Did you know that there were an incredible 1.7 billion journeys made by train in the UK in 2016?
That means lots of talented staff are needed to keep the country’s railways running smoothly and on time. There are loads of different railway jobs you could do – everything from expert train drivers to brilliant engineers and customer service pros. There are roles for people who love science, or really enjoy working with others.
A great way to get started in the railway sector is to do an apprenticeship. You’ll learn technical abilities and soft skills on the job – while studying towards a professional qualification and earning a salary. (Read all about apprenticeships here.)
'Almost 4 million people travel by train every day in the UK. Apprenticeships can launch your career on the railway'
Tweet this to your followers
From picking up the tricks of the trade in railway stations to learning the ropes in the control room, here we’ll take a look at all the different railway apprenticeships you could do.
If you want to become an engineer…
Fun fact: the UK has the world’s oldest railway network, which means lots of skilled engineers are needed to maintain it. This kind of apprenticeship would train you to become a track engineer. You’d learn how to look after the signals, tracks, lights and trains that make up the country’s railway network.
On rail engineering track apprenticeships you could work in passenger rail services (that’s moving people around), rail freight services (that’s moving stuff around), controlling train movements, or railway infrastructure. Your tasks would include fixing signals, and maintaining the train tracks.
For example on the advanced level apprenticeship, you could study towards an NVQ3 in railway engineering, meaning you’re setting yourself up for a fantastic career in engineering.
You could choose to specialise in:
- Track: you’ll work in a team to manage the track network and keep the railway safe and efficient. You’ll be out at all times, in all weather. The transferable skills and technical abilities you’ll gain during this apprenticeship can lead to a great engineering job.
- Off-track: you’ll learn how to inspect, maintain and renew level crossings, fencing drainage and access points. No two days are the same so you’ll develop a very wide range of skills.
- Overhead lines: this is a technically challenging role where you’ll learn how to inspect and fix overhead power lines. If the wires are down, the trains come to a halt so you have to use your expertise to get these high-voltage systems fixed and back up in the air as quickly and safely as possible. You’ll get lots of support and training, so this apprenticeship could lead to a brilliant career in electrical engineering.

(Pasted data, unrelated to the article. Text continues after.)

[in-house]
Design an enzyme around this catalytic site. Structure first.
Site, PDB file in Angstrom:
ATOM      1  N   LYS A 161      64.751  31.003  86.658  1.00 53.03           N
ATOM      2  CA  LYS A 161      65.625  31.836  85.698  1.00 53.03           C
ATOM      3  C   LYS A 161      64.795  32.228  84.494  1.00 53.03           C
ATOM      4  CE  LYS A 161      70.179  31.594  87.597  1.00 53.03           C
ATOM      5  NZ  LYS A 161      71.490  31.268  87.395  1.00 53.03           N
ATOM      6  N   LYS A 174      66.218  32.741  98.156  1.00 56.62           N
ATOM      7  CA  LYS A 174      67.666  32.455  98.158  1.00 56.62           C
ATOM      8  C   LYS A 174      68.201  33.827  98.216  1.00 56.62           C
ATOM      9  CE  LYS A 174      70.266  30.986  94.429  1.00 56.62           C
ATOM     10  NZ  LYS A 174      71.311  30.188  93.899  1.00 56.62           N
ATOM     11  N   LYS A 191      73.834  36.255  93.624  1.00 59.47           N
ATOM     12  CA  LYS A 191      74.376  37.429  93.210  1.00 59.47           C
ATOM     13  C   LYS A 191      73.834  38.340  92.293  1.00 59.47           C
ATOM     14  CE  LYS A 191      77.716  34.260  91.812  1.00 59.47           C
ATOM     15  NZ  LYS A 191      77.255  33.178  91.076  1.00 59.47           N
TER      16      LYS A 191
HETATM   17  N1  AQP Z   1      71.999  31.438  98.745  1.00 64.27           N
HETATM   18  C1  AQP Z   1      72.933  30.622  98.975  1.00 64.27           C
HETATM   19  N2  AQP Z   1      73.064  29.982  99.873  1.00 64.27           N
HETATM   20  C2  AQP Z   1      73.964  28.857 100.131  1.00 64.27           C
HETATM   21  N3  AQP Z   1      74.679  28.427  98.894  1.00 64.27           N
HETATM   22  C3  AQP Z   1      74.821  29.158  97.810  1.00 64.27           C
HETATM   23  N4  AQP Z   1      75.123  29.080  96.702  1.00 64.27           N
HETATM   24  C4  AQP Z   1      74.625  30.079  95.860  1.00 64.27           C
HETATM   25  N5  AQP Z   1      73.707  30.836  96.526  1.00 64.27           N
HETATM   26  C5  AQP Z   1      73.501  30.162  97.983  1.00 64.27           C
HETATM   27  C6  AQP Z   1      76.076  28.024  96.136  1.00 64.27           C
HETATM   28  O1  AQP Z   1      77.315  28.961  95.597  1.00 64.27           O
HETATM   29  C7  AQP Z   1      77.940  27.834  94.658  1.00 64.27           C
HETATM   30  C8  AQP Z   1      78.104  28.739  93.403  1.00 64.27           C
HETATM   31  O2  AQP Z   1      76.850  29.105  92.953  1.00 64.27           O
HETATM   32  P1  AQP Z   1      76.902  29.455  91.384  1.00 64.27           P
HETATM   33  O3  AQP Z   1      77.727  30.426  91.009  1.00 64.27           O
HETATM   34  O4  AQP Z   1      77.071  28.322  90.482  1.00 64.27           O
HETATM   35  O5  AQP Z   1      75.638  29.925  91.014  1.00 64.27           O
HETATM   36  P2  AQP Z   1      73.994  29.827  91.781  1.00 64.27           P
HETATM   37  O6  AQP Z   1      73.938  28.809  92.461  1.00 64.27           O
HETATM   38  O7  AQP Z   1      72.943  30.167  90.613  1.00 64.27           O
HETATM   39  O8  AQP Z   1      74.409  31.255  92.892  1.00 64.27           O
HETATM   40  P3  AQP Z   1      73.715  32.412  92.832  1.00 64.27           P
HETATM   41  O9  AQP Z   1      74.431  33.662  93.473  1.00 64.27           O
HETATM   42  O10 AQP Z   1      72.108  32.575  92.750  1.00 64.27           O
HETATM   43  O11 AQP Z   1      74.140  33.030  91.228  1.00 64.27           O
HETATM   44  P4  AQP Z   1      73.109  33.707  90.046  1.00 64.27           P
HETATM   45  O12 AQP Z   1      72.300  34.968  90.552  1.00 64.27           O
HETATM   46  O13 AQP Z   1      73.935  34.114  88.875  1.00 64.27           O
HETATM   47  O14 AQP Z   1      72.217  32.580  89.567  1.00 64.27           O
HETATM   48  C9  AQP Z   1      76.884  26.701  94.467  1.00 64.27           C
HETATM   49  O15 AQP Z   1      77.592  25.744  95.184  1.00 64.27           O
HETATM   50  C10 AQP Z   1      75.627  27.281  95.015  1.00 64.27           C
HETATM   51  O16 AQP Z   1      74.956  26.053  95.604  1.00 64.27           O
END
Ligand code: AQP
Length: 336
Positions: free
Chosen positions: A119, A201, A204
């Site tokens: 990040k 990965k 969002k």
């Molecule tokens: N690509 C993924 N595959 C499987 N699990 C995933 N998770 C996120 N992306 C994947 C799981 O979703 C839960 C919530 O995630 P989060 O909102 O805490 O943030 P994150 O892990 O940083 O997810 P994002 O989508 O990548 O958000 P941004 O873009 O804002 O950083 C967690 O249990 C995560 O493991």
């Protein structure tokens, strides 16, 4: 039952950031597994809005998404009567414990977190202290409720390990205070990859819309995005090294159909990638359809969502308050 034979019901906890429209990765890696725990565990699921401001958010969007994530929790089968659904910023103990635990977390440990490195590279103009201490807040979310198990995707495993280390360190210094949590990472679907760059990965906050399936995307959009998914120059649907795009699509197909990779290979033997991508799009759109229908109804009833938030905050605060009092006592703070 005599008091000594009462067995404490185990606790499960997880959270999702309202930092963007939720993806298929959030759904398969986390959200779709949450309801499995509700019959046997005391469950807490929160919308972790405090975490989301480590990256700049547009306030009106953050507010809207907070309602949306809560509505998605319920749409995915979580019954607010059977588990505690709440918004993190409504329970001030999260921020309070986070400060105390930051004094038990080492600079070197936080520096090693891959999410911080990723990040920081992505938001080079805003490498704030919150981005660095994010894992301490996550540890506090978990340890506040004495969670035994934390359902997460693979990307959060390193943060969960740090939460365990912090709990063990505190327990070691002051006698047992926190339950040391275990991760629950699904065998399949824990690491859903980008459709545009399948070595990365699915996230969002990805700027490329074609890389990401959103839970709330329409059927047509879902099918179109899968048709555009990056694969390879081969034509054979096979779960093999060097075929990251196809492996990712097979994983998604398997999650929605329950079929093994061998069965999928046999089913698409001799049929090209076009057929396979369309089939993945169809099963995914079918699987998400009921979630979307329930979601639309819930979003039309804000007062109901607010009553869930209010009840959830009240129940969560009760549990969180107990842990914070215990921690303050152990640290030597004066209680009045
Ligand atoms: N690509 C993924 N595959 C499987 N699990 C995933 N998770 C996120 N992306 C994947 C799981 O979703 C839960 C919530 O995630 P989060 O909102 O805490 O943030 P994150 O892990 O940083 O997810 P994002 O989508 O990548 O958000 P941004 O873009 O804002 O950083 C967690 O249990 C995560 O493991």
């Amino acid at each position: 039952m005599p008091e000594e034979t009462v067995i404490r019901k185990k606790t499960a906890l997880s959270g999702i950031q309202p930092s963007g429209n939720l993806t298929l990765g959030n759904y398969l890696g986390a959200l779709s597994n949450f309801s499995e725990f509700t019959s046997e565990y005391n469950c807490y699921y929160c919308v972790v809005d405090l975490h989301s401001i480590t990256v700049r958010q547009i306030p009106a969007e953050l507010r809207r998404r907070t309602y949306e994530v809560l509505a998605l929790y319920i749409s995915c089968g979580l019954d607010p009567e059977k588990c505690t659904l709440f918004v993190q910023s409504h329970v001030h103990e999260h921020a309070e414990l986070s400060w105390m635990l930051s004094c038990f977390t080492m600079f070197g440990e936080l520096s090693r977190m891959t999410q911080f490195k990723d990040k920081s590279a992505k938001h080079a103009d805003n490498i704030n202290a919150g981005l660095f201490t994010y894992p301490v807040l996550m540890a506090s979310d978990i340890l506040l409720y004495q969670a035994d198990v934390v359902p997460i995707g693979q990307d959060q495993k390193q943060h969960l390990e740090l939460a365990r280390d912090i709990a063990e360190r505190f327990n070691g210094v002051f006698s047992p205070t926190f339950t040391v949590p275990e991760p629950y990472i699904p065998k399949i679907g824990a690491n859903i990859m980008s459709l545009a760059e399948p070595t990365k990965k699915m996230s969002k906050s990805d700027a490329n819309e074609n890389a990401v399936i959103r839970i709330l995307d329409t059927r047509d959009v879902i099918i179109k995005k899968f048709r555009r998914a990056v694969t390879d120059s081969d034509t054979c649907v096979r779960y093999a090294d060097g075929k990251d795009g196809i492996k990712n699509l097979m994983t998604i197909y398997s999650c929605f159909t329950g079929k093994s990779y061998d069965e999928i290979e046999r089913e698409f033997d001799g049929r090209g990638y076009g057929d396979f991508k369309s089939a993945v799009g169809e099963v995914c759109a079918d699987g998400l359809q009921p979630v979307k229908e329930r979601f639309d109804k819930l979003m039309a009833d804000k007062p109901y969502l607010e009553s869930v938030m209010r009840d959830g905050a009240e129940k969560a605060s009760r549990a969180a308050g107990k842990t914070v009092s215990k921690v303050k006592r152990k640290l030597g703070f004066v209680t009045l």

- Signalling: signalling means both mechanical systems and digital ones – they make sure trains are safely spaced out and can move from one track to another. You’ll check, test, clean and fix signals during this apprenticeship.
- Electrification and plant: you’ll learn how to keep power flowing through the electrified rails safely and efficiently. This is an exciting area where you’ll be working to tight deadlines.
If you want to work with passengers…
Almost 4 million people travel by train every single day across the UK? That means
lots of clever employees are required to keep those millions of passengers happy.
Rail services apprenticeships train you to work in rail services, which means things communicating between stations and trains, or helping passengers on board.
You would choose to specialise in one of the following areas:
- Shunting (moving trains from place to place).
- Signal operations.
- Control room operations.
- Passenger services.
At the intermediate level apprenticeship, you could train as a ticket office agent, passenger service assistant, or control room operator.
And at the advanced level, you could become a station manager, control room supervisor or trains manager.
If you want to become a train driver or conductor…
You should also choose rail services apprenticeships if you’re interested in becoming a train driver or conductor.
At the intermediate level of this train driver apprenticeship, you could train as a:
- Train conductor or manager.
- Train driver/operator.
As well as technical skills, you would learn how to:
- Develop working relationships with colleagues and customers.
- Communicate information effectively.
- Understand health and safety rules.
Are railway apprenticeships right for me?
So, railway apprenticeships give you employability skills, technical abilities and professional qualifications. Plus, they can launch a successful career in lots of different areas.
But are they right for you? The requirements of each apprenticeship will of course vary slightly, but check out this list of personal qualities and skills required to see if it sounds like you:
- Great eye for detail.
- Good sense of judgement and decision-making abilities.
- Able to come up with solutions to problems as they arise.
- Enjoy working in a close-knit team and making decisions together.
- Always thinking about safety.
- Able to take initiative and work independently.
- Good hand-eye coordination for using different tools and equipment.
- Literacy and numeracy skills.
- Able to closely follow instructions and diagrams.
- Fantastic interpersonal abilities and customer service skills.
How can I get started?
If a railway apprenticeship sounds up your street, get your search started right here on Success at School. You can find apprenticeships in your area and chosen sector.
There are several companies across the country that offer different railway apprenticeships and a train driver apprenticeship. So you can also apply directly to the company or use the government’s search tool.